Architect speaks on area history
BOARDMAN — It was standing-room only Saturday morning at Boardman Library as the Boardman Historical Society kicked off its fall schedule of speakers with Bob Mastriana of 4M Architects, a local firm that specializes in architectural design and historic preservation.
A graduate of Boardman High School and Kent State University’s School of Architecture, Mastriana is a prominent architect who has designed new construction and facilitated the restoration and preservation of some of the area’s gems — the Mahoning County Courthouse and the Mercer County Courthouse, to name just two.
Mastriana began by familiarizing the audience with the history of Western Reserve and its connection to New England. Pioneers to the territory that became northeast Ohio came primarily from Connecticut, western Massachusetts and New York. They brought with them a town design with which they were familiar: a central village green, surrounded by a courthouse, churches and schools.
While most frontier buildings were simple log cabins, board wood structures and occasional brickworks, some of the finest structures were erected at the core of frontier life: the village. Buildings there were honed with care and designed so that they’re now considered some of the area’s finest structures.
Mastriana explained that early settlers brought with them the skills and knowledge of the classical architectural design elements belonging to the Federal and Greek Revival styles. These would become central to Western Reserve architecture.
“Poland was the stepping stone,” said Mastriana, who featured historic landmarks found there, in Canfield and even Boardman. What remains today is dependent in part on the way those communities evolved over time. “Canfield, and predominantly Poland, were villages, and they had more architectural review and control,” said Mastriana.
While Boardman contained beautiful structures as well, a township tends to have less rigorous town planning and development restrictions, so many of those landmarks no longer exist in Boardman, Mastriana said.
What are the unique features that stand out in the Mahoning Valley? “The Greek Revival style of the homes, which is either with the temple facing front or turned sideways with the heavy frieze board and the eyebrow windows,” Mastriana said.
Builders made adjustments, too. “They still kept the same theme, but they would give their own freedom to the design. … They were all educated the same because they used the same textbooks,” Mastriana said. There was uniformity with flexibility. Designers and builders installed unique variations while keeping true to the standard Federal and Greek Revival styles. The resulting structures were quite pleasing to the eye and functional.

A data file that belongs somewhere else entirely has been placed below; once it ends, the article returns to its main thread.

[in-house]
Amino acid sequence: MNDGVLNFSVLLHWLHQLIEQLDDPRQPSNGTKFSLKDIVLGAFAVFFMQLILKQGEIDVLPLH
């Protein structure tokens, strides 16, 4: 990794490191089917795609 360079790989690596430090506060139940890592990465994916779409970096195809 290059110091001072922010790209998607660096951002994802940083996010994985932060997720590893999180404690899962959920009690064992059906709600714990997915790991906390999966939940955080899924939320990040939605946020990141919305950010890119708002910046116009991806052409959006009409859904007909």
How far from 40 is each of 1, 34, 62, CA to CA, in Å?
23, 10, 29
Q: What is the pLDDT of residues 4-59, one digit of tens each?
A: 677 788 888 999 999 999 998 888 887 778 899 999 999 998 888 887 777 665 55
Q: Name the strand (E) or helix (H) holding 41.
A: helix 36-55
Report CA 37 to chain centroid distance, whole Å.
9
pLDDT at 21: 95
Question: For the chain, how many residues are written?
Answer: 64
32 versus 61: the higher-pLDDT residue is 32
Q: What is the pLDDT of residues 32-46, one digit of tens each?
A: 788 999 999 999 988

Mastriana emphasized that people need to keep an eye on historic preservation. According to Mastriana, part of the historic preservation process involves using an existing historic landmark to serve as anchor to new construction. The Poland Library is an excellent example, with the former Poland Seminary as the benchmark building, he said. This requires an understanding of classical design standards and adherence to authenticity.
But one of the main challenges to preserving historical structures is “having a use for them,” said Mastriana. “If a person wants it for their residence, it’s so much easier to find a use that has a reason to invest the money,” he said.
While locations that contain historic buildings can be designated opportunity zones or otherwise protected by zoning and planning restrictions, the principal challenge to preserving historic structures, and their unique architecture, is money. In order for any community to be successful, the people must have financial resources, local expertise and develop a “culture of preservation,” he said.
To that end, encouraging public awareness of historical preservation needs is part of the goal. According to Rick Shale, co-president of the Boardman Historical Society, the Mahoning Valley Historical Society issues annual historic preservation awards. These recognize local achievements in historic preservation, demonstrating that projects can be successfully undertaken and achieved.
The bottom line is awareness, said Shale, who said it is important to build local confidence. Mastriana added, “We can be our own worst enemy,” he said. “We need to reinvigorate our communities and area by featuring and preserving our landmarks and unique qualities.”
The Boardman Historical Society meets at 10 a.m. at Boardman Library the second Saturday of the month from September to May.